Liberal MPs remain split on genocide case as UN orders Israel to protect Palestinians

By Dylan Robertson in Ottawa

Liberal MPs are split on how Canada should respond as the International Court of Justice proceeds with considering a genocide case against Israel.

South Africa brought the case at the beginning of the month and asked the court to impose a ceasefire. 

On Friday, the overwhelming majority of judges instead ordered six provisional measures to limit casualties in the Gaza Strip and ensure the preservation of evidence should the court find Israel is committing genocide against Palestinians. 

The court ruled against Israel’s request to throw out the case altogether.

Prime Minister Justin Trudeau did not comment Friday morning when reporters asked for his response as he entered a caucus meeting on Parliament Hill.

MP Rob Oliphant, a parliamentary secretary to Foreign Affairs Minister Mélanie Joly, said had not read the whole ruling yet but Canada would consider the findings.

“We’re a country of the rule of law,” he said.

Liberal MP Salma Zahid also said she would read Friday’s ruling, and called on her government to convene other countries to help respond to the humanitarian plight of Palestinians.

“Canada believes in international law and whatever the decision of the ICJ is, we should accept that,” Zahid said.

Her colleague Anthony Housefather argued the top court of the United Nations is using a low bar in deciding whether there’s a possible case of genocide.

“My position has been that Israel is not committing genocide, that it’s baseless and it’s insulting, and I don’t think the case was helpful to bring,” he said.

The death toll from the Israel-Hamas war in the Gaza Strip has surpassed 26,000, according to the Health Ministry in Hamas-ruled Gaza. It said Friday that 26,083 people have been killed and more than 64,400 wounded since Oct. 7.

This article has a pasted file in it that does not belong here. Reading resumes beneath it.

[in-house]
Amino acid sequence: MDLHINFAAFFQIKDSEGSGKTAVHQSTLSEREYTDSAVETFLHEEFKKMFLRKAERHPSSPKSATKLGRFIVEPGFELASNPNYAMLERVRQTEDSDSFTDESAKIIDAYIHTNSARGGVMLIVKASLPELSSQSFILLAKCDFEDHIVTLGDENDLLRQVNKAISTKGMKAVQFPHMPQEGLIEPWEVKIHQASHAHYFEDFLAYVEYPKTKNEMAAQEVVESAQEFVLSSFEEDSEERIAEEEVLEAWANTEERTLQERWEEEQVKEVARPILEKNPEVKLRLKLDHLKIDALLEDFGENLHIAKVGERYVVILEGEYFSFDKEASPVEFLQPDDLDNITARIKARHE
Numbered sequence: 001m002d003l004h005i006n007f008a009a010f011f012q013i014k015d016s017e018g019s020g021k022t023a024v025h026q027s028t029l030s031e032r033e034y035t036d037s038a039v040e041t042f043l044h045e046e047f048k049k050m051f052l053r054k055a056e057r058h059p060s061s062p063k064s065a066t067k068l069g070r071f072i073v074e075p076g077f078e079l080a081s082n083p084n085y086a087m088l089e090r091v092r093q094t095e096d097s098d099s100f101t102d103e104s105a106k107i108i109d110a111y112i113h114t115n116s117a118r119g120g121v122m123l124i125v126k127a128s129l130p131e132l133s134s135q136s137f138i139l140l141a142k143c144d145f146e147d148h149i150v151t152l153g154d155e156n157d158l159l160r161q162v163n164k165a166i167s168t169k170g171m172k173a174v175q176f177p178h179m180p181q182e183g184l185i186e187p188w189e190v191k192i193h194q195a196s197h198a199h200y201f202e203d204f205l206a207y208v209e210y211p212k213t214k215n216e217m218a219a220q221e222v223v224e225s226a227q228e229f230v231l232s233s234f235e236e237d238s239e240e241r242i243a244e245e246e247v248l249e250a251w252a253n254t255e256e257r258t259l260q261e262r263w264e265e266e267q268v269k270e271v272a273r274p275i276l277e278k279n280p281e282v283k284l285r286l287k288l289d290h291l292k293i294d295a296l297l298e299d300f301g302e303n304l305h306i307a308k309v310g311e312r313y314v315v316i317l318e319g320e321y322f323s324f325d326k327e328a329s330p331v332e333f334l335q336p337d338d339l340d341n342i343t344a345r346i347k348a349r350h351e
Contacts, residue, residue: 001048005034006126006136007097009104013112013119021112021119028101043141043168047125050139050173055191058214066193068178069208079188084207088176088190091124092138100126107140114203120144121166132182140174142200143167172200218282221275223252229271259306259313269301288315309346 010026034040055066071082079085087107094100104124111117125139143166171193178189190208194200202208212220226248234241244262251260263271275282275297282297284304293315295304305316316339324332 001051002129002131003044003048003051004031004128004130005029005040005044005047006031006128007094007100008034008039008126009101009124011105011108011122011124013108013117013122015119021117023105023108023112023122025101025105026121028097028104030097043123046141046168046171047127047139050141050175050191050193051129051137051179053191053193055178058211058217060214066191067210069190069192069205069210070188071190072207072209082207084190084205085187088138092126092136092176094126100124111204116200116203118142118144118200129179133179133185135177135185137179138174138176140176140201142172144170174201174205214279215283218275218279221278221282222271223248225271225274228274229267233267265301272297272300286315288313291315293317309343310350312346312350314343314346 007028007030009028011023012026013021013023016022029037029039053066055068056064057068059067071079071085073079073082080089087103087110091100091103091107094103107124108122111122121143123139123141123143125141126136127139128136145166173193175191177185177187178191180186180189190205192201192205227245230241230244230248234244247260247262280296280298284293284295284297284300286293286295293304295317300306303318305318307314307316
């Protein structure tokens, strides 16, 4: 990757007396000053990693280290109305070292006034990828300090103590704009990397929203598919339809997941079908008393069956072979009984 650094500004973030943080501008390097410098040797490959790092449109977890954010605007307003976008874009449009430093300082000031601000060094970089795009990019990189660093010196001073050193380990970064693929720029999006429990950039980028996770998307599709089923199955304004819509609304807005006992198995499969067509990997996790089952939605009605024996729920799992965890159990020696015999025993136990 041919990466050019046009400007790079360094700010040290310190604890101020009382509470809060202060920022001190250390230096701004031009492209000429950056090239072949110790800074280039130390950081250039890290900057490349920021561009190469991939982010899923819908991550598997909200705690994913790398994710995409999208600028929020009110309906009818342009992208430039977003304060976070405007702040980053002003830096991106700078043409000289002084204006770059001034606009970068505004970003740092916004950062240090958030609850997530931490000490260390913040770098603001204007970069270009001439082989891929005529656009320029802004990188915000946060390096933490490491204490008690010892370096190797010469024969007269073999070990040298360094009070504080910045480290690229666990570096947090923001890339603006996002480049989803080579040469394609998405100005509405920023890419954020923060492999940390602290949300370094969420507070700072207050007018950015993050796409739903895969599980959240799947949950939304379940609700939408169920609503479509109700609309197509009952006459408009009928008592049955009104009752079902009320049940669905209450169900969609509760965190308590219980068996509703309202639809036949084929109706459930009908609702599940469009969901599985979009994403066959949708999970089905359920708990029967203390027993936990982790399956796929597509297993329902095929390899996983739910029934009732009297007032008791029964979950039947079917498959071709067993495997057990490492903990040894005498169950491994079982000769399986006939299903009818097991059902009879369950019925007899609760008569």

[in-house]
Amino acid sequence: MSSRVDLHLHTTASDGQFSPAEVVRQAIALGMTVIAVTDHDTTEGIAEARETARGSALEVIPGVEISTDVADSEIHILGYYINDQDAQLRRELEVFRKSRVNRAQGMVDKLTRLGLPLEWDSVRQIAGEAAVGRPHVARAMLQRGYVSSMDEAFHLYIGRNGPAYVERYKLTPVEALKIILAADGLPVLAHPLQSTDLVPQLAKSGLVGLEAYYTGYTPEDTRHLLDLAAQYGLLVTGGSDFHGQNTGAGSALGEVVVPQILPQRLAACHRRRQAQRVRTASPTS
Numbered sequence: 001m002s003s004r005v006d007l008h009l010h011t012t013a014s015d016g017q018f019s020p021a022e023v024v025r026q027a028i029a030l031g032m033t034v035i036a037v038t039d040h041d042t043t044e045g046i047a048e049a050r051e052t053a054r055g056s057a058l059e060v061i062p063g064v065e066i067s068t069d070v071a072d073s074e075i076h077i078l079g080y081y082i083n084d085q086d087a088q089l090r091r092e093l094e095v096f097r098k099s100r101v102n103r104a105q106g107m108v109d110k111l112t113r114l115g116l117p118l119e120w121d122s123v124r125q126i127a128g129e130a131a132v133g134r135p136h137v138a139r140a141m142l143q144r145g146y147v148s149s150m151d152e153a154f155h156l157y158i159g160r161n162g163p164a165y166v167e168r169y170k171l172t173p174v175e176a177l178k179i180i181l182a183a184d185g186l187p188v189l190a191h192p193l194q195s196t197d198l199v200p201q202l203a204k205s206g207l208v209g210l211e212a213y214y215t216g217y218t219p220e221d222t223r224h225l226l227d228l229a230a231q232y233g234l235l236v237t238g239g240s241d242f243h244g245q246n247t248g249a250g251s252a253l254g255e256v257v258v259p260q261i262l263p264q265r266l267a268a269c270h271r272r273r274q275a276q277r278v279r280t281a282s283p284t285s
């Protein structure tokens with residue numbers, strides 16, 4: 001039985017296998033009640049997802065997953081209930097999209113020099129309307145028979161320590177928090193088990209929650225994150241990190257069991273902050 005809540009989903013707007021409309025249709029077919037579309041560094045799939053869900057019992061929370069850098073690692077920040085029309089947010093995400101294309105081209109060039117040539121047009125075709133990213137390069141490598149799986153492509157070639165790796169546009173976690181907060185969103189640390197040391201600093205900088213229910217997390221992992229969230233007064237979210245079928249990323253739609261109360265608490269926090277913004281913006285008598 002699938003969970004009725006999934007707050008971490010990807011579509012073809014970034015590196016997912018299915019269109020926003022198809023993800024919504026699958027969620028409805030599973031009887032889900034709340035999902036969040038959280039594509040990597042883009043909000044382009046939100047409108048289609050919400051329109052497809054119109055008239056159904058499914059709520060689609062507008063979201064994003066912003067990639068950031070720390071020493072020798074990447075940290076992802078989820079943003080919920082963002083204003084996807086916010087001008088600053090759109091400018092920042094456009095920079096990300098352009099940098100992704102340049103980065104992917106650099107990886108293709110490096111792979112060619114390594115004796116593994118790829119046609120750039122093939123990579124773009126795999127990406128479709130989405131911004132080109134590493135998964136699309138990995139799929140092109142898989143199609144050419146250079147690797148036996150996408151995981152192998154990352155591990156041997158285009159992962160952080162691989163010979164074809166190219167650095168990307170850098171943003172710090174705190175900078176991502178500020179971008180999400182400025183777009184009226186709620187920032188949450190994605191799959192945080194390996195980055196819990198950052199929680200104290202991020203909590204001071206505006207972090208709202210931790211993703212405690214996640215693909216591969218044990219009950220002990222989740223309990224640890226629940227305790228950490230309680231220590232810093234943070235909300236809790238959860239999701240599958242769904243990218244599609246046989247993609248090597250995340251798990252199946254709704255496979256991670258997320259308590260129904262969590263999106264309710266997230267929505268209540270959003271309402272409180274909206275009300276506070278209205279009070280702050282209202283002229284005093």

That’s the day militants from the territory launched a surprise attack in southern Israel, killing around 1,200 people and taking about 250 hostages. 

The international court case has split the Liberal caucus and Trudeau has refused calls from Jewish and Muslim groups in Canada to stake out a clear position, as other world leaders have. 

The prime minister has said Canada supports the court and doesn’t necessarily agree with the premise of South Africa’s case, but hasn’t said whether he rejects the application nor whether Canada will abide by whatever ruling the court makes.

Israel’s foreign ministry said in a statement that it remains committed to abiding by international law “independent of any ICJ proceedings,” but it did not confirm whether it would enforce any of the orders issued by the court. 

The case “constitutes a shameful exploitation of the Genocide Convention that is not only wholly unfounded in fact and law, but morally repugnant,” read the statement, which Israel’s embassy In Ottawa circulated to media.

B’nai Brith Canada, a Jewish advocacy group, argued the judgment “will only intensify the anti-Israel demonstrations routinely occurring across the country. That is why this is a nightmare scenario for Canadian Jews, as past protests have led to increased incitement against the Jewish community.”

A group that advocates for Palestinians, Canadians for Justice and Peace in the Middle East, argued Canada should publicly support Friday’s ruling, demand Israel comply with its orders and implement an arms embargo.

Earlier this week, international organizations like Save The Children also called for an arms embargo, citing the high death toll in the Gaza Strip.

Meanwhile, the U.S. State Department announced Friday it has suspended aid to the UN agency tasked with supporting Palestinians, due to allegations that some staff at the body known as UNRWA participated in the brutal Hamas attack on Israel last October.

International Development Minister Ahmed Hussen’s office did not immediately respond when asked whether Canada will follow suit.

Banner image: THE CANADIAN PRESS/Adrian Wyld

This report by The Canadian Press was first published Jan. 26, 2024.

— With files from The Associated Press and Mia Rabson.

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